‘Star Trek: Discovery’ Season 1 Episodes 3 & 4- All Hands on Deck

With the two latest episodes of “Star Trek: Discovery,” we finally got a better sense of what the show was going to be, as opposed to the fake-out of the two initial episodes. Not that I disliked the first two episodes, mind you- just that they served as more of a prequel to the new series than an actual part of it. I do recognize, however, that it had to be that way, in order to preserve the surprise of what transpired in those two episodes.

In Episode 3, “Context is for Kings,” we picked up some six months later after the events of the first two episodes, as Michael Burnham (Sonequa Martin-Green) was being transported to a prison, where she was to serve out a lifetime sentence for mutiny, as per the events that went down in the first two episodes. An emergency makes it seem like she and her fellow prisoners won’t even make it to their destination, but a starship intervenes, rescuing them at the last minute.

That craft is, naturally, the Discovery, captained by the mysterious Gabriel Lorca (Jason Isaacs), who has a fierce reputation as a warmonger determined to bring down the Klingons by any means necessary. As such, we find out his absconding with Burnham is no happenstance- he explicitly sought to intercept and obtain her for his own shady purposes.

At first, it seems as if he wants her because she doesn’t play by the rules, much like himself, but as we later discover, that’s not entirely true. Rather, it has more with her own willingness to think outside the box, even if it costs her dearly, as it obviously did, with her actions on the Shenzhou. That, and the fact that her reputation proceeds her as a first-rate officer, under normal circumstances, and being one of the smartest people in her (former) field.

This, naturally, does not go over so well with her former shipmate, Saru (Doug Jones), who is Lorca’s own First Officer. While he acknowledges her intelligence, and essentially accepts her apologies for the way things went down on the Shenzhou, as we see in Episode 4, he was only being polite, to a certain extent, at least, thinking that she wouldn’t be with them for long.

Episode 3 was great fun for me, insofar as, as I pointed out in my first review of the show, I’m more of a horror fan than a sci-fi one. Aside from the world-building and introduction of various new characters, the main plot dealt with the inspection of a fellow ship that had suddenly and inexplicably gone dark out of nowhere.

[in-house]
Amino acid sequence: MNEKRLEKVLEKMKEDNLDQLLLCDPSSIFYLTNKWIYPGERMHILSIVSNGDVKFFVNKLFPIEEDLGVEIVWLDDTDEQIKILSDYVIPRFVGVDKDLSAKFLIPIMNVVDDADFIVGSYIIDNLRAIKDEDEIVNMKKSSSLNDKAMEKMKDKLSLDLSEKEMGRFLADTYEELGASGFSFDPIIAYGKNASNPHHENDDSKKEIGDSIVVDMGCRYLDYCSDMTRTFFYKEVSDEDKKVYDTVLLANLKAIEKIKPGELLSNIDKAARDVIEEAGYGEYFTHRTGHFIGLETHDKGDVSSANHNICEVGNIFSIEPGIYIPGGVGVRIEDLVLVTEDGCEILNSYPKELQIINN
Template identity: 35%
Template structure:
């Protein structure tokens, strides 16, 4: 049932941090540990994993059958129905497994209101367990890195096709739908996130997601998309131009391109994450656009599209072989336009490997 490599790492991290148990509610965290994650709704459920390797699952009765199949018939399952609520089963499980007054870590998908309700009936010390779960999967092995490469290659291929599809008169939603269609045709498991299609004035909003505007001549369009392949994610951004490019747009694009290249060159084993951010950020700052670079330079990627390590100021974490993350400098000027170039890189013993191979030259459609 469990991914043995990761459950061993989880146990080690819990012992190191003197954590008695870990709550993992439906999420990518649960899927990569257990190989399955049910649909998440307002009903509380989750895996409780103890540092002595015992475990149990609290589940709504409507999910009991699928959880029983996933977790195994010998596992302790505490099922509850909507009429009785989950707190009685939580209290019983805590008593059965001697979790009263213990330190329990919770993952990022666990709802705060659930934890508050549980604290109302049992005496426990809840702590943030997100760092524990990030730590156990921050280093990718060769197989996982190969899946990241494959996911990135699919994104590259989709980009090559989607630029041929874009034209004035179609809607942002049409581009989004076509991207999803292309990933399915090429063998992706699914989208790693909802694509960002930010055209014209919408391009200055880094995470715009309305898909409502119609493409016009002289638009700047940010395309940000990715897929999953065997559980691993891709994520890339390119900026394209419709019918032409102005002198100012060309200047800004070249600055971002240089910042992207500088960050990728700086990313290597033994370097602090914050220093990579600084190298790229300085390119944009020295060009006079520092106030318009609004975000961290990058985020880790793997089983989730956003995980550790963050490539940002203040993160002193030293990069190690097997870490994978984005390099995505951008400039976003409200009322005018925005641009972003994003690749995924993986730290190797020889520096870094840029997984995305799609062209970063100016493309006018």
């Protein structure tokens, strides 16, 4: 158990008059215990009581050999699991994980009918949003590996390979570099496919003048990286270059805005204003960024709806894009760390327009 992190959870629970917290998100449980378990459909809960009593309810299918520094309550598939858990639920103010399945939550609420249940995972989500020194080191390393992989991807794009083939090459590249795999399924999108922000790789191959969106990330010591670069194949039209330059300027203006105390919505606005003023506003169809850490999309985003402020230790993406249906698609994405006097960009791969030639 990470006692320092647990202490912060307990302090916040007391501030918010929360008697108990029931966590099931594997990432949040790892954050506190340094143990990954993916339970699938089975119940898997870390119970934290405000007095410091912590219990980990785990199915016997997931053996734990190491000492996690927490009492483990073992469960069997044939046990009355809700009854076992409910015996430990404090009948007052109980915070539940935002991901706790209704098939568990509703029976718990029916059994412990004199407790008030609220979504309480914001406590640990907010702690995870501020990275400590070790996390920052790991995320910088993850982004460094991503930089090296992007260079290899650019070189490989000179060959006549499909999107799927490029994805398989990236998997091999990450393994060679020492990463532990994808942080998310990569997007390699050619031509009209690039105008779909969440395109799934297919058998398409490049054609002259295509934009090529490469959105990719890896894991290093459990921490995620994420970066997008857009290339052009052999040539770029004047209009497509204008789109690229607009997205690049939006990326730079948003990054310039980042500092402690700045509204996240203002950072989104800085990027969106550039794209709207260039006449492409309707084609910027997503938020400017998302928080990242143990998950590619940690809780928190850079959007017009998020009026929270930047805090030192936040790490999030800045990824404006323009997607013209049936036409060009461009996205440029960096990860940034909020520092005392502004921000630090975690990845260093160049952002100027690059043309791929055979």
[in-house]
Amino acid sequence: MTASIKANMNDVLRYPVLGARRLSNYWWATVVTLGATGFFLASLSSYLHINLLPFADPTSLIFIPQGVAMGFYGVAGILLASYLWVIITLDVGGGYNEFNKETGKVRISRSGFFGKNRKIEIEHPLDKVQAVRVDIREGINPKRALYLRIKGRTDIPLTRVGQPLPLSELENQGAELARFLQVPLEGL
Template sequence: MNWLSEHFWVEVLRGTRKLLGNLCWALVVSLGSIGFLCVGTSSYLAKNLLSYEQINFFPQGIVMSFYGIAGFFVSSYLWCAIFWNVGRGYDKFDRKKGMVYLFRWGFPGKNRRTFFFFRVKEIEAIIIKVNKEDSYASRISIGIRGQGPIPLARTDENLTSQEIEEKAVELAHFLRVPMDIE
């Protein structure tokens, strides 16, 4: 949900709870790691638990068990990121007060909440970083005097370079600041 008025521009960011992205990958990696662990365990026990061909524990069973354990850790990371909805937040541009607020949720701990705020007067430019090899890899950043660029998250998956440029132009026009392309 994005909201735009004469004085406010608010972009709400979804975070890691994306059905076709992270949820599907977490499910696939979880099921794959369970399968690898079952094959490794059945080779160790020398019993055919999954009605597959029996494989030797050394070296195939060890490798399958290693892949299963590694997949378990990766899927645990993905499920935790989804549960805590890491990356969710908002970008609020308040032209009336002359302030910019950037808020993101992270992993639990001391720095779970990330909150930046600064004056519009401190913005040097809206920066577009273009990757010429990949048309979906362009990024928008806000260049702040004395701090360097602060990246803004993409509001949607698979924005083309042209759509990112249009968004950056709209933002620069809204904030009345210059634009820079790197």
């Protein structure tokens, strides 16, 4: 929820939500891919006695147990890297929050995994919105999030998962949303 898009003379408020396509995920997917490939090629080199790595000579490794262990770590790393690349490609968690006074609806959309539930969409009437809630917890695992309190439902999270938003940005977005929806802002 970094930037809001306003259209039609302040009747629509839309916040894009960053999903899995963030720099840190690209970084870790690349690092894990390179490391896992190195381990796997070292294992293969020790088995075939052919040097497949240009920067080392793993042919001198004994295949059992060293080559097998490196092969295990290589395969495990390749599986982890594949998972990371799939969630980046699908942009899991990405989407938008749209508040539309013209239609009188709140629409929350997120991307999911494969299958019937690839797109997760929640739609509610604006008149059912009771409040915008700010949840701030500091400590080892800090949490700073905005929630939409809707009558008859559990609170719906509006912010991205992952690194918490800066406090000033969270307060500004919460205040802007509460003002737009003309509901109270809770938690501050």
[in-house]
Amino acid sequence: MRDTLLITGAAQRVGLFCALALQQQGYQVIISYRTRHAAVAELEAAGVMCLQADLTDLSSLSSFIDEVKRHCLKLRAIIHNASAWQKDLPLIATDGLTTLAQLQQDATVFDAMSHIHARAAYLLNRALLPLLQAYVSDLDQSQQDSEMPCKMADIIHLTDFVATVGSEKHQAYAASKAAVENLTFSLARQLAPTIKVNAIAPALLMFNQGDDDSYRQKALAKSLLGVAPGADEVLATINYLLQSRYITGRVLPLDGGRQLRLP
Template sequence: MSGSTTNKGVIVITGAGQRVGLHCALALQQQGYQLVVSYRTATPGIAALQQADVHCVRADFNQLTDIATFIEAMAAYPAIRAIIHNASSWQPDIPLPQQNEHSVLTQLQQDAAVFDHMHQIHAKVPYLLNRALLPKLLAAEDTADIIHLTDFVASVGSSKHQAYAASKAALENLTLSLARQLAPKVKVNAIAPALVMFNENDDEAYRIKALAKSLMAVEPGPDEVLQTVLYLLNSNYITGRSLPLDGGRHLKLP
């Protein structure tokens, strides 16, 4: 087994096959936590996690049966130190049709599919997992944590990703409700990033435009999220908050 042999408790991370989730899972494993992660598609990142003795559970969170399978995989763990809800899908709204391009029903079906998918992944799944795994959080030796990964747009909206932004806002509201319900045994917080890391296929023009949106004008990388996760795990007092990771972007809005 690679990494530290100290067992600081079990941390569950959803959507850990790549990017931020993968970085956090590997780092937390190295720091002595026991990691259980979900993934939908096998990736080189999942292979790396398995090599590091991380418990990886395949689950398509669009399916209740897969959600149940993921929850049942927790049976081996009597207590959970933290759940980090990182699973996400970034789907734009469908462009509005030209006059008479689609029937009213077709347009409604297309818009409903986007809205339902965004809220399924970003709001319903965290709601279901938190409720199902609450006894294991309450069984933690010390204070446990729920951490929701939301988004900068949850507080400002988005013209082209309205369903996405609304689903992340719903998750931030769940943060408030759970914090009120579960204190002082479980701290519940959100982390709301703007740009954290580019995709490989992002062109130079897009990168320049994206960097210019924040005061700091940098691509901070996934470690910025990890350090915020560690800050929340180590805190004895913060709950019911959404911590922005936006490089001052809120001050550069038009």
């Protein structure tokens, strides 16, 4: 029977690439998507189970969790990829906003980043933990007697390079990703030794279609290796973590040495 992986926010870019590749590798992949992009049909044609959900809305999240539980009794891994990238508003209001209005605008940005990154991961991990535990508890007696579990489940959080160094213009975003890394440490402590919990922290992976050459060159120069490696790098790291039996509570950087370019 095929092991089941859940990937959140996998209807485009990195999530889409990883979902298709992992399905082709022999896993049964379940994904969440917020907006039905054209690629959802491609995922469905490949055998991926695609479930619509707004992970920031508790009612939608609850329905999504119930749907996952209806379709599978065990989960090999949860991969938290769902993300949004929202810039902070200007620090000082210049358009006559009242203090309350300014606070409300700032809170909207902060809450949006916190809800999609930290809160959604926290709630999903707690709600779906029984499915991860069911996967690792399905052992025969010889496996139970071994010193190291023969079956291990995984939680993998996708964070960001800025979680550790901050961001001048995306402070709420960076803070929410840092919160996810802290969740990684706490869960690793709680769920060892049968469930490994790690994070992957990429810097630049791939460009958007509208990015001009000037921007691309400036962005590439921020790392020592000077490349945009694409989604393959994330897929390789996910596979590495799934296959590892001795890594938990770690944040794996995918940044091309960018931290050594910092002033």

The end result was basically “Alien” redux, with a sprinkling of John Carpenter’s “The Thing,” courtesy of great nightmare-inducing effects by Paul Jones, who’s worked on everything from the “Hellraiser” movies to the “Silent Hill” and “Resident Evil” series. Even better, it left the door open for more, as the Captain, perhaps dubiously, opted to nab said alien for himself, despite the obvious danger it entailed, as evidenced by the fact that it wiped out an entire spaceship full of people, and even Klingons.

One of the things I like most about this new iteration of “Star Trek” is the way it’s clearly meant to be an ongoing, slowly-unfolding story, as opposed to a “case of the week”-type thing, like many serialized shows. Don’t get me wrong- that element is clearly in place here as well, it’s just not as set in stone, as we see with the fact that the murderous alien isn’t defeated- it’s captured.

Indeed, the creature serves a quite unexpected purpose in the very next episode, which featured the unwieldy title of “The Butcher’s Knife Cares Not for the Lamb’s Cry.” For her first big assignment, Burnham is tasked with figuring out how to “weaponize” said creature, given the fact that it can tear through Klingons like they’re nothing.

This goes about as well as one would expect, at least at first, at one point resulting in the death of Lorca’s right-hand woman Commander Landry (Rekha Sharma, a sci-fi vet of everything from “Dark Angel” to “Battlestar Galactica” to “The 100”), who is chosen to assist Burnham. Landry makes the dubious decision that they need to lop off one of the creature’s claws to better study it and ends up getting torn to shreds in the process, showing that the alien lives up to its nickname of “Ripper.”